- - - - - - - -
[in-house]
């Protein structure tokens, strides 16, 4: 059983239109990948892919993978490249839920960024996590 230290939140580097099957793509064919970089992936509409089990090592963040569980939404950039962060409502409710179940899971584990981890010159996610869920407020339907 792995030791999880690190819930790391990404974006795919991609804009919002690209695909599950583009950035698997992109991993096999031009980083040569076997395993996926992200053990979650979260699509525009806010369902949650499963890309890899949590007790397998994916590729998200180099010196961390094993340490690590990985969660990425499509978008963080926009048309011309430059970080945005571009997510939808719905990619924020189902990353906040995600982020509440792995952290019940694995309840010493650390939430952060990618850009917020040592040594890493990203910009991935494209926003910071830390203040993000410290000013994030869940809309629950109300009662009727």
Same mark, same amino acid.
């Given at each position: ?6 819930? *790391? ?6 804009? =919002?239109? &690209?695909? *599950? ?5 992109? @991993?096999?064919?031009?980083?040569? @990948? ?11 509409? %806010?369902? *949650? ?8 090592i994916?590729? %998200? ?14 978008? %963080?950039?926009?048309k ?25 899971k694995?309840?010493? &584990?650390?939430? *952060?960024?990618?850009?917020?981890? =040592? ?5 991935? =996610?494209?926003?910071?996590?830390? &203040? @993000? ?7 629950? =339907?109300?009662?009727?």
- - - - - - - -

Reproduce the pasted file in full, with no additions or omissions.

[in-house]
């Protein structure tokens, strides 16, 4: 059983239109990948892919993978490249839920960024996590 230290939140580097099957793509064919970089992936509409089990090592963040569980939404950039962060409502409710179940899971584990981890010159996610869920407020339907 792995030791999880690190819930790391990404974006795919991609804009919002690209695909599950583009950035698997992109991993096999031009980083040569076997395993996926992200053990979650979260699509525009806010369902949650499963890309890899949590007790397998994916590729998200180099010196961390094993340490690590990985969660990425499509978008963080926009048309011309430059970080945005571009997510939808719905990619924020189902990353906040995600982020509440792995952290019940694995309840010493650390939430952060990618850009917020040592040594890493990203910009991935494209926003910071830390203040993000410290000013994030869940809309629950109300009662009727």
Same mark, same amino acid.
């Given at each position: ?6 819930? *790391? ?6 804009? =919002?239109? &690209?695909? *599950? ?5 992109? @991993?096999?064919?031009?980083?040569? @990948? ?11 509409? %806010?369902? *949650? ?8 090592i994916?590729? %998200? ?14 978008? %963080?950039?926009?048309k ?25 899971k694995?309840?010493? &584990?650390?939430? *952060?960024?990618?850009?917020?981890? =040592? ?5 991935? =996610?494209?926003?910071?996590?830390? &203040? @993000? ?7 629950? =339907?109300?009662?009727?």